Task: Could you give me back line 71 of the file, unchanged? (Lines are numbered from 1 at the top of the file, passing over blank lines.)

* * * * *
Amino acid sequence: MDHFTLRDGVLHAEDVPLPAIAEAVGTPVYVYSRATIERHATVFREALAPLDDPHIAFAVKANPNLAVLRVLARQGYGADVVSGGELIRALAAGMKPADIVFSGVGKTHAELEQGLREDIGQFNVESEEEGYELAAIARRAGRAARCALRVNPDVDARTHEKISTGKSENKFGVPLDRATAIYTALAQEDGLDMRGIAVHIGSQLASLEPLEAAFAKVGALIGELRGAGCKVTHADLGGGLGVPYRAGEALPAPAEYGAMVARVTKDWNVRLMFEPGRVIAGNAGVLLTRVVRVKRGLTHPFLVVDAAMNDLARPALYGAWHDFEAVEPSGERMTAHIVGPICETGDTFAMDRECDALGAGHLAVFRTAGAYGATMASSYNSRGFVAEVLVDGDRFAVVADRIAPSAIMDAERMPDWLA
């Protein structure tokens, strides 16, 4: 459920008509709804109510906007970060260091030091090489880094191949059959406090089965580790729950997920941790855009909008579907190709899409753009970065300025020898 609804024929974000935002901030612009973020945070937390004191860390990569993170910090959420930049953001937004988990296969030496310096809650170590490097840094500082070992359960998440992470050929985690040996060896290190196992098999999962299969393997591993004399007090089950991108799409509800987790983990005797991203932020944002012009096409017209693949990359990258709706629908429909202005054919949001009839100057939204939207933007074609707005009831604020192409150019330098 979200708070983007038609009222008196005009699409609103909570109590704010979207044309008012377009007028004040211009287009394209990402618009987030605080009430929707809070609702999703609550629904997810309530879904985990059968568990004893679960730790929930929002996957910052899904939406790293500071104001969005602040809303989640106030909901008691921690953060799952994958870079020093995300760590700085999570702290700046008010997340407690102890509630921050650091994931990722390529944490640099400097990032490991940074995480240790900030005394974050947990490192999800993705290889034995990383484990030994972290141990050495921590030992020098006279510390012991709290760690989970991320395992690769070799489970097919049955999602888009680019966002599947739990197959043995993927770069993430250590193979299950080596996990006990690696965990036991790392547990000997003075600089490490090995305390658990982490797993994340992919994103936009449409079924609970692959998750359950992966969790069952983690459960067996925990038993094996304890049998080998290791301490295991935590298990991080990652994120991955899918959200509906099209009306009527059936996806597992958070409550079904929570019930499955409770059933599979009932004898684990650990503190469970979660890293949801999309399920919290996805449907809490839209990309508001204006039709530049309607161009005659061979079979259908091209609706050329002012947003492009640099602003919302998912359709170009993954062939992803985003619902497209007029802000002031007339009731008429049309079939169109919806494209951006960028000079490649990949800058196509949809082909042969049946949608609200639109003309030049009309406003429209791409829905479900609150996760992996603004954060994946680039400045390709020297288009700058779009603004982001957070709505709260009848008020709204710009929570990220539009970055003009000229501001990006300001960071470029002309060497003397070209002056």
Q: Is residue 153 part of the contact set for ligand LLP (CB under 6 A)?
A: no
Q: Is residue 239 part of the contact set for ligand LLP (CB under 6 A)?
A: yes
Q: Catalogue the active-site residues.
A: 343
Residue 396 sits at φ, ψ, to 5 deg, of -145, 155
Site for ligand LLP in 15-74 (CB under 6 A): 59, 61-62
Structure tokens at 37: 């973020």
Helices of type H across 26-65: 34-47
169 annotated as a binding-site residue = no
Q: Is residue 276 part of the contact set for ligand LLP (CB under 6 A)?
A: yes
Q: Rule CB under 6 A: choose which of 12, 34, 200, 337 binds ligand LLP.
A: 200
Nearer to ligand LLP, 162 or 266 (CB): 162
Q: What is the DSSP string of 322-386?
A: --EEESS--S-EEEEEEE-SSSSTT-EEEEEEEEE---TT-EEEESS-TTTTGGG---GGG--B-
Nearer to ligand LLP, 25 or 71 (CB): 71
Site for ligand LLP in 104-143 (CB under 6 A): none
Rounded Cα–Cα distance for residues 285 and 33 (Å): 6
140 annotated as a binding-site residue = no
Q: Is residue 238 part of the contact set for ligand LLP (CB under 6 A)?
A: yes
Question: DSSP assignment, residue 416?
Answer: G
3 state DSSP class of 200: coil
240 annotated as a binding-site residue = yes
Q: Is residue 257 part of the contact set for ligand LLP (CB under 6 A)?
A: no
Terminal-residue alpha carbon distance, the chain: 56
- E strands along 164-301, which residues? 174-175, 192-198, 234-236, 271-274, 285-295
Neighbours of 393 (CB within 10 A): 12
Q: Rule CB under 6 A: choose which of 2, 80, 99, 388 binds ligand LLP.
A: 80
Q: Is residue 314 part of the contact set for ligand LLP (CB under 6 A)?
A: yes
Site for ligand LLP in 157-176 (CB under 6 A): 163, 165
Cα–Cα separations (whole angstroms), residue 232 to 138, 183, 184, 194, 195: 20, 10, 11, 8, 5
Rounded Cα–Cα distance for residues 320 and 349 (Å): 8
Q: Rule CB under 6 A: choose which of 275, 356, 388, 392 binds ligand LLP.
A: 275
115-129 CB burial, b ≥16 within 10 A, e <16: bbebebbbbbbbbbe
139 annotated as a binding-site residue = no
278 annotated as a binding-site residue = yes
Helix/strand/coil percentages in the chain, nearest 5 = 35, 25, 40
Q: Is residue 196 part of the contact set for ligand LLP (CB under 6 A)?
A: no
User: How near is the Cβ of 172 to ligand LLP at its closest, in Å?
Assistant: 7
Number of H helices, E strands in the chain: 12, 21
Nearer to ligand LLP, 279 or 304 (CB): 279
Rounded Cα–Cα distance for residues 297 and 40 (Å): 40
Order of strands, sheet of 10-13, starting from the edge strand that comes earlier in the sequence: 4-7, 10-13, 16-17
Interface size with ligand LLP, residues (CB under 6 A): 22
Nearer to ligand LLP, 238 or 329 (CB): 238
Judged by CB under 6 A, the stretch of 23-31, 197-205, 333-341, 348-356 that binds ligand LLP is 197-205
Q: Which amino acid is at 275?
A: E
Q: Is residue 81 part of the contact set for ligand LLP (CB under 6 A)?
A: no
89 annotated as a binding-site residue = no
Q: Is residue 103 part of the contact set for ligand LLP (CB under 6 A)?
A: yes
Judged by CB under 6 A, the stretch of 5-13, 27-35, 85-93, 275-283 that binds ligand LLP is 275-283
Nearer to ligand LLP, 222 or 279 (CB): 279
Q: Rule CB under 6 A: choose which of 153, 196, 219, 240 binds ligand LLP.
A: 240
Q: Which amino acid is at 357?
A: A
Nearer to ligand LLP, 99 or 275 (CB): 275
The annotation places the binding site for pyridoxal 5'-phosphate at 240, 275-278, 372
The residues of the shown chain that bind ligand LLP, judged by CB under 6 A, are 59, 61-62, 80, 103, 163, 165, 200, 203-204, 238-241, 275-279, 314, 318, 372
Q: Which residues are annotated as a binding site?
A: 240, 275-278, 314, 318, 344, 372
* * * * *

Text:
Q: Which amino acid is at 357?